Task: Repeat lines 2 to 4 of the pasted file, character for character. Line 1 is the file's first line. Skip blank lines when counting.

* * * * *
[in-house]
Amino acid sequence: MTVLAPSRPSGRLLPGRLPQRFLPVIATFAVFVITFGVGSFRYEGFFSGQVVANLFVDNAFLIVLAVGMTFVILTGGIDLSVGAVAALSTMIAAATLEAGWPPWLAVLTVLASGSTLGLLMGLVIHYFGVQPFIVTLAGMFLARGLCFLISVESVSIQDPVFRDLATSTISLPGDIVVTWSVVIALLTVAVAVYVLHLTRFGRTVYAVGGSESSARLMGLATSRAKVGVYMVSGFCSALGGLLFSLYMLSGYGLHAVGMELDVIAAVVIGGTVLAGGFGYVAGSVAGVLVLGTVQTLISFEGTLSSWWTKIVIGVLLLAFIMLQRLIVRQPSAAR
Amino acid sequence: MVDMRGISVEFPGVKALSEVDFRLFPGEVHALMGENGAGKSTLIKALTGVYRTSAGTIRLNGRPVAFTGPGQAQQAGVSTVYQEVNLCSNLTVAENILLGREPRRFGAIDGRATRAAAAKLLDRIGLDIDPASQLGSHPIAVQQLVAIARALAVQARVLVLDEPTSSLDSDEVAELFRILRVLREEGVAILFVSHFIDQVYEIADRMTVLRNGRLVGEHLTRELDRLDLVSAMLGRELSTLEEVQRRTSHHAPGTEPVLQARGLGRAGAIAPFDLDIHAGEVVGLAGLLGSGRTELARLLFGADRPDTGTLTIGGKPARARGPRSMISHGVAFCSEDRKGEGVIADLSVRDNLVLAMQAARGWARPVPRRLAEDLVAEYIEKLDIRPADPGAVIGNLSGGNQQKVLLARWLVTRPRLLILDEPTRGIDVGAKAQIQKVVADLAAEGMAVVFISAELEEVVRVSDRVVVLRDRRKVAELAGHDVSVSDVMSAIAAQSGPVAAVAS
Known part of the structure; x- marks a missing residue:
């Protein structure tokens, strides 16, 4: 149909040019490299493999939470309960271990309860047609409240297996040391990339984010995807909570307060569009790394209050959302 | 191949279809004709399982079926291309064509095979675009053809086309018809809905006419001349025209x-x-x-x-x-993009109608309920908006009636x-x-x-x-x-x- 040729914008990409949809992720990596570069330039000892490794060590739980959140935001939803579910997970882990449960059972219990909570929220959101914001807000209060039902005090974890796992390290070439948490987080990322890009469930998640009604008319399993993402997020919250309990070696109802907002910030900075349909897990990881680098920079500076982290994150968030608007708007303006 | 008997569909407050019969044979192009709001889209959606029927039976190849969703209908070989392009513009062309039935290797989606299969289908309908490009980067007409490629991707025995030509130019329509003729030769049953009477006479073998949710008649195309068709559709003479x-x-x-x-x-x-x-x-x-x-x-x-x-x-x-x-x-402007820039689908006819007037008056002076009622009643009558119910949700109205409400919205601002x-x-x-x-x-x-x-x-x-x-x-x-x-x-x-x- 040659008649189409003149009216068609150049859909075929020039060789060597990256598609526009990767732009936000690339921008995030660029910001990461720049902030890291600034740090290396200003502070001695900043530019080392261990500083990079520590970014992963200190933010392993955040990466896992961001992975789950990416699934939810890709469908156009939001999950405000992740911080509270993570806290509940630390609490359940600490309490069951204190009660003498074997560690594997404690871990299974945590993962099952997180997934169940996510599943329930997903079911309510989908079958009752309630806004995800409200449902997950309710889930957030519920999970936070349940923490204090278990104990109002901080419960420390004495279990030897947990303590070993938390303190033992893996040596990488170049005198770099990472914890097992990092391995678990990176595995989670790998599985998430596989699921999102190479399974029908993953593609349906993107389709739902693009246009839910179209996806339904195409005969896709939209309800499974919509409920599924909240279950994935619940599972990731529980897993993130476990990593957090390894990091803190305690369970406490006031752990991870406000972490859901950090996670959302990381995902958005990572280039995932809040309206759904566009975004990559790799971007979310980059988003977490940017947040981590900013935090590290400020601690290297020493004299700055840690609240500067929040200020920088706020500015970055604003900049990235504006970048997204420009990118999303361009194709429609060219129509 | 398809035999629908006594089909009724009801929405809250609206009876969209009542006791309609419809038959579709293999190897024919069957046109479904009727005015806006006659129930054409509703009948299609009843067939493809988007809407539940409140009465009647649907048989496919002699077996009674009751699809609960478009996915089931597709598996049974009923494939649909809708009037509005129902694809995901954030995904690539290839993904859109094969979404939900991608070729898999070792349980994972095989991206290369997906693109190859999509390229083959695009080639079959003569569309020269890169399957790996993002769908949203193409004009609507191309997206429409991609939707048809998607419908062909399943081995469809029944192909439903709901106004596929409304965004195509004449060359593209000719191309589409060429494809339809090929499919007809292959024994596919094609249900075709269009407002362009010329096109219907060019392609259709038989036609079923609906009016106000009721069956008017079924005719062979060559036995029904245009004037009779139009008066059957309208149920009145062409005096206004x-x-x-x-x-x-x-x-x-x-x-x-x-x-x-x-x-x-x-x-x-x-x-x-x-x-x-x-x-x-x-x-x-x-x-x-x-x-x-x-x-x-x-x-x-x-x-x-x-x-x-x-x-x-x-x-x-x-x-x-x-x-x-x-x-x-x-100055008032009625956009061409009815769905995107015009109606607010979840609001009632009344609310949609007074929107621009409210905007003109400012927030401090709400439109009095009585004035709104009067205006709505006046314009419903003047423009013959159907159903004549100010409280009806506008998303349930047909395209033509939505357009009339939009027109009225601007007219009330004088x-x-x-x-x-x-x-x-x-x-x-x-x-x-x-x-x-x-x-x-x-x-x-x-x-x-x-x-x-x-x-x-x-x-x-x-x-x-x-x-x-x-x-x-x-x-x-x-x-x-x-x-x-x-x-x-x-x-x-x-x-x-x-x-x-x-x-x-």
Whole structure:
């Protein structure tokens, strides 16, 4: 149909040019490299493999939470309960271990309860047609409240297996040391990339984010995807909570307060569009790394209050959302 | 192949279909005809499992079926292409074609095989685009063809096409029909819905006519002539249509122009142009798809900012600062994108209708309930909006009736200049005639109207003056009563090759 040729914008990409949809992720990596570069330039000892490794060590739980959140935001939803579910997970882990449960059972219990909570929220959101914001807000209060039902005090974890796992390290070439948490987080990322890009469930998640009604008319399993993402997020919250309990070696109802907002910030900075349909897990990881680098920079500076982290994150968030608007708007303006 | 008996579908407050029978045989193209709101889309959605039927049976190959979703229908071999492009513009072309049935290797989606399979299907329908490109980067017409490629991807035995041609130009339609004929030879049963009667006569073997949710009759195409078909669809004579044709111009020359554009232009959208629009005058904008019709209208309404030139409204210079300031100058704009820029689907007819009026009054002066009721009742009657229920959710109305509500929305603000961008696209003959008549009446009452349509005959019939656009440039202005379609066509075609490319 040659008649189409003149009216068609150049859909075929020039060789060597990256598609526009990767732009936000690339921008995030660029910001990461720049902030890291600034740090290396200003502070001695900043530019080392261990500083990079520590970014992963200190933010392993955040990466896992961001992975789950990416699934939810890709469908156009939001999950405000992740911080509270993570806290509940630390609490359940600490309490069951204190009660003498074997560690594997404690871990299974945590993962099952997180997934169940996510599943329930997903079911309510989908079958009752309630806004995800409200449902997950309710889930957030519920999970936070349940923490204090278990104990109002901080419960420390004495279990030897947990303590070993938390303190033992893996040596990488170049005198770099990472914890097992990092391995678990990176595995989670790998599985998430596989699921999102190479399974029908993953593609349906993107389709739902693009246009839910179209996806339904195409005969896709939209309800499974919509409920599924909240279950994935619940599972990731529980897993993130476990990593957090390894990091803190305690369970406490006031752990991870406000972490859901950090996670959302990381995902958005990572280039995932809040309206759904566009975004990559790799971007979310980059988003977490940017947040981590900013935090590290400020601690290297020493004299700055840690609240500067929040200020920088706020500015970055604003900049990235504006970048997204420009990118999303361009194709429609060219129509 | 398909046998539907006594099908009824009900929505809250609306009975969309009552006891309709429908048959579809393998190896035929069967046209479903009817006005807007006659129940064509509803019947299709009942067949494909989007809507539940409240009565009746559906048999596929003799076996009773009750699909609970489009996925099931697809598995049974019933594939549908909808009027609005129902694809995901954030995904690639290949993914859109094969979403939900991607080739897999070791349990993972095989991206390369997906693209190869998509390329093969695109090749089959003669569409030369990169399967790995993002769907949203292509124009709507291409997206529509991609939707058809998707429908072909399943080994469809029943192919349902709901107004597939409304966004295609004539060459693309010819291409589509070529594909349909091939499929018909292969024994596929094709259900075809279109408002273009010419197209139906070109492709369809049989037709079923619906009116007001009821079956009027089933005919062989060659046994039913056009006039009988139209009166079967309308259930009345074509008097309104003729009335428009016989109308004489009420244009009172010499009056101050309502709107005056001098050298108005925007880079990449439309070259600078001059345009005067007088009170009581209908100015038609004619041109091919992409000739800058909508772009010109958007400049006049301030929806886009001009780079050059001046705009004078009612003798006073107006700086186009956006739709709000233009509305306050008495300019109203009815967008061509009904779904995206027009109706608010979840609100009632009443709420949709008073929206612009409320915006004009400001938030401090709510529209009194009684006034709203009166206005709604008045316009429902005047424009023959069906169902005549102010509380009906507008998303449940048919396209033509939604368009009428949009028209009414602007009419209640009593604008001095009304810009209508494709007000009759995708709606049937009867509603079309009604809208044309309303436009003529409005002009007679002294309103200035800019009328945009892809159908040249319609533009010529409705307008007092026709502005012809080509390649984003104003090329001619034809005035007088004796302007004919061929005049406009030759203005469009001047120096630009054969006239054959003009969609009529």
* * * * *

Amino acid sequence: MTVLAPSRPSGRLLPGRLPQRFLPVIATFAVFVITFGVGSFRYEGFFSGQVVANLFVDNAFLIVLAVGMTFVILTGGIDLSVGAVAALSTMIAAATLEAGWPPWLAVLTVLASGSTLGLLMGLVIHYFGVQPFIVTLAGMFLARGLCFLISVESVSIQDPVFRDLATSTISLPGDIVVTWSVVIALLTVAVAVYVLHLTRFGRTVYAVGGSESSARLMGLATSRAKVGVYMVSGFCSALGGLLFSLYMLSGYGLHAVGMELDVIAAVVIGGTVLAGGFGYVAGSVAGVLVLGTVQTLISFEGTLSSWWTKIVIGVLLLAFIMLQRLIVRQPSAAR
Amino acid sequence: MVDMRGISVEFPGVKALSEVDFRLFPGEVHALMGENGAGKSTLIKALTGVYRTSAGTIRLNGRPVAFTGPGQAQQAGVSTVYQEVNLCSNLTVAENILLGREPRRFGAIDGRATRAAAAKLLDRIGLDIDPASQLGSHPIAVQQLVAIARALAVQARVLVLDEPTSSLDSDEVAELFRILRVLREEGVAILFVSHFIDQVYEIADRMTVLRNGRLVGEHLTRELDRLDLVSAMLGRELSTLEEVQRRTSHHAPGTEPVLQARGLGRAGAIAPFDLDIHAGEVVGLAGLLGSGRTELARLLFGADRPDTGTLTIGGKPARARGPRSMISHGVAFCSEDRKGEGVIADLSVRDNLVLAMQAARGWARPVPRRLAEDLVAEYIEKLDIRPADPGAVIGNLSGGNQQKVLLARWLVTRPRLLILDEPTRGIDVGAKAQIQKVVADLAAEGMAVVFISAELEEVVRVSDRVVVLRDRRKVAELAGHDVSVSDVMSAIAAQSGPVAAVAS
Known part of the structure; x- marks a missing residue: